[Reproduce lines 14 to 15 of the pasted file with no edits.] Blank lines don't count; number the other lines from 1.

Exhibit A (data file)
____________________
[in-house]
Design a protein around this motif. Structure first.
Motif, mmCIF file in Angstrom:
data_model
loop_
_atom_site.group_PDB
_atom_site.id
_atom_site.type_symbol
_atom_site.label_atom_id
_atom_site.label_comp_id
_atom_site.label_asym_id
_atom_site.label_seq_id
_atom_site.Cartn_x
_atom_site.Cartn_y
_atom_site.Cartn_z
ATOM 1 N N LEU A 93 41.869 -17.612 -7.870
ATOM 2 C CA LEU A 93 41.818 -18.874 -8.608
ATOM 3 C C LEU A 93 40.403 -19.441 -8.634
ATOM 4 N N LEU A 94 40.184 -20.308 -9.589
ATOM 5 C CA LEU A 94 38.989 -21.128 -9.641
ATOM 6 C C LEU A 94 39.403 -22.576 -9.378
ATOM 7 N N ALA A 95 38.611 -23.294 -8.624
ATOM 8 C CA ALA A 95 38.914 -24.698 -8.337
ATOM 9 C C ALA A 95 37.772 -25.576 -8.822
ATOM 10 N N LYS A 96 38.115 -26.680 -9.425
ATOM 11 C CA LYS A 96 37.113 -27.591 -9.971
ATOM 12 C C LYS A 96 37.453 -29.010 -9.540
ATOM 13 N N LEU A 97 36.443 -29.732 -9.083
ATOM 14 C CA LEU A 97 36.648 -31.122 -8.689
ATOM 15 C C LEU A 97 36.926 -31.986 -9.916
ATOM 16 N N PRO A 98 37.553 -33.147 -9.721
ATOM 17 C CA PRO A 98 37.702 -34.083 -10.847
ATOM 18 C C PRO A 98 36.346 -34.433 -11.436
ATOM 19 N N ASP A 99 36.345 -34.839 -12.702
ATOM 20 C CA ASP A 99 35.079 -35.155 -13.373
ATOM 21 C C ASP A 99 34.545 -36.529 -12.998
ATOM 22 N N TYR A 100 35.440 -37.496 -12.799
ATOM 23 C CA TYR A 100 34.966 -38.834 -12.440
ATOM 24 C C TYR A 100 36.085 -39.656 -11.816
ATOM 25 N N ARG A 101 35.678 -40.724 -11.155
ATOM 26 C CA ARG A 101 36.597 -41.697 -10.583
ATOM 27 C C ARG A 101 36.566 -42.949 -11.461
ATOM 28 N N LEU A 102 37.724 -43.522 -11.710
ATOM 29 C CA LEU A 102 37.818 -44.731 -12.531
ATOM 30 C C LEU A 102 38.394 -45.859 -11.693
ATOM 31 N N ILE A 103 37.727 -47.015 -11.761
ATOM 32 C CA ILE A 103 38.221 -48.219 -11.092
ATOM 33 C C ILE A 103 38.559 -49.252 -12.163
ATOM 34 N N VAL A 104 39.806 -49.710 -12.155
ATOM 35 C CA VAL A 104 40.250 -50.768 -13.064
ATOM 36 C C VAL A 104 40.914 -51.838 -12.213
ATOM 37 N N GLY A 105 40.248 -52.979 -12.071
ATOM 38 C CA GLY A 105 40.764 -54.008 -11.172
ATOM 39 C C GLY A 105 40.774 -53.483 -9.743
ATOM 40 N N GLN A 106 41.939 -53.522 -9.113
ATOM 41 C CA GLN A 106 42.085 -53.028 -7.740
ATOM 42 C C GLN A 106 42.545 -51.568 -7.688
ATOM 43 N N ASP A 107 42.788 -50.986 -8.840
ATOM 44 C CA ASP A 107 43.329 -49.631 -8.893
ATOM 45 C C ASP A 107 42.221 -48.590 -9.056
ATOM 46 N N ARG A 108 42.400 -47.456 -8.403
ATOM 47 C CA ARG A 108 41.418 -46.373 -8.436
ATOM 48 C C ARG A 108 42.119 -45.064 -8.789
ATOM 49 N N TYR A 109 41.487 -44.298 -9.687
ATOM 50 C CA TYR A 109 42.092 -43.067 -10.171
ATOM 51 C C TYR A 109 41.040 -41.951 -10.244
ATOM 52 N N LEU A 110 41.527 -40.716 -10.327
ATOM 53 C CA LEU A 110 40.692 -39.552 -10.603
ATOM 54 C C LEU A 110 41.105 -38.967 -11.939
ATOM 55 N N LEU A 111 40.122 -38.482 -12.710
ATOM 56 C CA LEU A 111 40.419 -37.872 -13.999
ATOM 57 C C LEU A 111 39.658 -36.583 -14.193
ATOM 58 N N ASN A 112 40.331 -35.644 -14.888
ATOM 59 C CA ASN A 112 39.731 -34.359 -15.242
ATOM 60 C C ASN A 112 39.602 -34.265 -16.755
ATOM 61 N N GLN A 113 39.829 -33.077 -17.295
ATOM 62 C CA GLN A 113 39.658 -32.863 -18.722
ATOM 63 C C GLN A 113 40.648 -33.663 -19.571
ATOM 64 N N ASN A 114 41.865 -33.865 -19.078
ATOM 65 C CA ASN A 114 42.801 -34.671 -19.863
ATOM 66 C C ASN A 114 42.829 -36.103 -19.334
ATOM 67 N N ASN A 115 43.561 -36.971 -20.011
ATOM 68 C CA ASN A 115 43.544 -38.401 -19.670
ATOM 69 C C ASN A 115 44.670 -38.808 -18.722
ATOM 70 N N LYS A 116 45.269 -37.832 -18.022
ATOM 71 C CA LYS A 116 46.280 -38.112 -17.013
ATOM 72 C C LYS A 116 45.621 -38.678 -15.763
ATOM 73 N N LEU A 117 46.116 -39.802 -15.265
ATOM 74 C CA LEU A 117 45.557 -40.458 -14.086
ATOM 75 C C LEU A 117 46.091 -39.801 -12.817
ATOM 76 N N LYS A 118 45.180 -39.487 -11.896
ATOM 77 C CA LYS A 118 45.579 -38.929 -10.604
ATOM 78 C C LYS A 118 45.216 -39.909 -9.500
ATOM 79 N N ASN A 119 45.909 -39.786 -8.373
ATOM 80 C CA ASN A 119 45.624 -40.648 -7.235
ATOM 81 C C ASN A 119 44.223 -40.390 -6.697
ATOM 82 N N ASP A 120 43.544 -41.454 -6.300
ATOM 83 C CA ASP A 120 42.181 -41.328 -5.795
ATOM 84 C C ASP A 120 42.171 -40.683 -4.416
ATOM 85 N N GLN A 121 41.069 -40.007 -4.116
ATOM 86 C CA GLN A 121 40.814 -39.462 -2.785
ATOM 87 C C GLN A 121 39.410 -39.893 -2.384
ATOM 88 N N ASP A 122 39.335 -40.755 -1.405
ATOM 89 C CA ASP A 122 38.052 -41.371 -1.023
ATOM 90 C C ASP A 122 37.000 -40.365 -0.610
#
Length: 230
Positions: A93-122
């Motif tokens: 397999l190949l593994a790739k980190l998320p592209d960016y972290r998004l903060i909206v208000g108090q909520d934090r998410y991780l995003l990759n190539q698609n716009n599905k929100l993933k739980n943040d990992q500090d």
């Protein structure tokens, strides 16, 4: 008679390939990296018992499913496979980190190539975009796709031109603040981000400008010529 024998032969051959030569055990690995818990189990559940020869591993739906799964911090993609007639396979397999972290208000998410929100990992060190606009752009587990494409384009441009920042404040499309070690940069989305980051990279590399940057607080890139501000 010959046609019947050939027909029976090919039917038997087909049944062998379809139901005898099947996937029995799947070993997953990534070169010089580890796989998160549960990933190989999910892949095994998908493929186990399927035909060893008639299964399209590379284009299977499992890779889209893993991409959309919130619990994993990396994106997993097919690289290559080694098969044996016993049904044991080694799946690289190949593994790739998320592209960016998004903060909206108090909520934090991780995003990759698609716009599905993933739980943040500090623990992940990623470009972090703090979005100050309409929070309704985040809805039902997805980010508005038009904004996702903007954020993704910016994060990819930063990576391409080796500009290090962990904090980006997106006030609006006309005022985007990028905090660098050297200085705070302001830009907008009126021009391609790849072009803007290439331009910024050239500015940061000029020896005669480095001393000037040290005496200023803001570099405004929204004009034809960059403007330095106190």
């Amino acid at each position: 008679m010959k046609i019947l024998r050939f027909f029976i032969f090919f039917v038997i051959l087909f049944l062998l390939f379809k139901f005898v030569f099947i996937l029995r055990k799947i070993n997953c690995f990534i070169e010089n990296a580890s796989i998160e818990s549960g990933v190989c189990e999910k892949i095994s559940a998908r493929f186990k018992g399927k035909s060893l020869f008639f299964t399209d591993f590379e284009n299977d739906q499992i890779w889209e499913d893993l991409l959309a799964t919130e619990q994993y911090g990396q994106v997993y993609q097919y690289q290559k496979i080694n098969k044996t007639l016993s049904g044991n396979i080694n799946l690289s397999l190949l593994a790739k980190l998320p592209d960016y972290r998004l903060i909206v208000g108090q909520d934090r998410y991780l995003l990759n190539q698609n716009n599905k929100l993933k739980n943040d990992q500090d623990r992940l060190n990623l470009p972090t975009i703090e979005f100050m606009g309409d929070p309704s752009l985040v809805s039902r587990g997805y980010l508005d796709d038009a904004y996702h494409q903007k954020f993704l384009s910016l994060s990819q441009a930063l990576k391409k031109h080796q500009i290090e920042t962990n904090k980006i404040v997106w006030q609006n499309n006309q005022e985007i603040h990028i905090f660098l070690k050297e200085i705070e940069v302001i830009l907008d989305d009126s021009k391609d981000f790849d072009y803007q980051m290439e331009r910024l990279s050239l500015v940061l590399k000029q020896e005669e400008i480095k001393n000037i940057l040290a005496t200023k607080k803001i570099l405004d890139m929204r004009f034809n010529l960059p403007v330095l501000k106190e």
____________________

_atom_site.Cartn_y
_atom_site.Cartn_z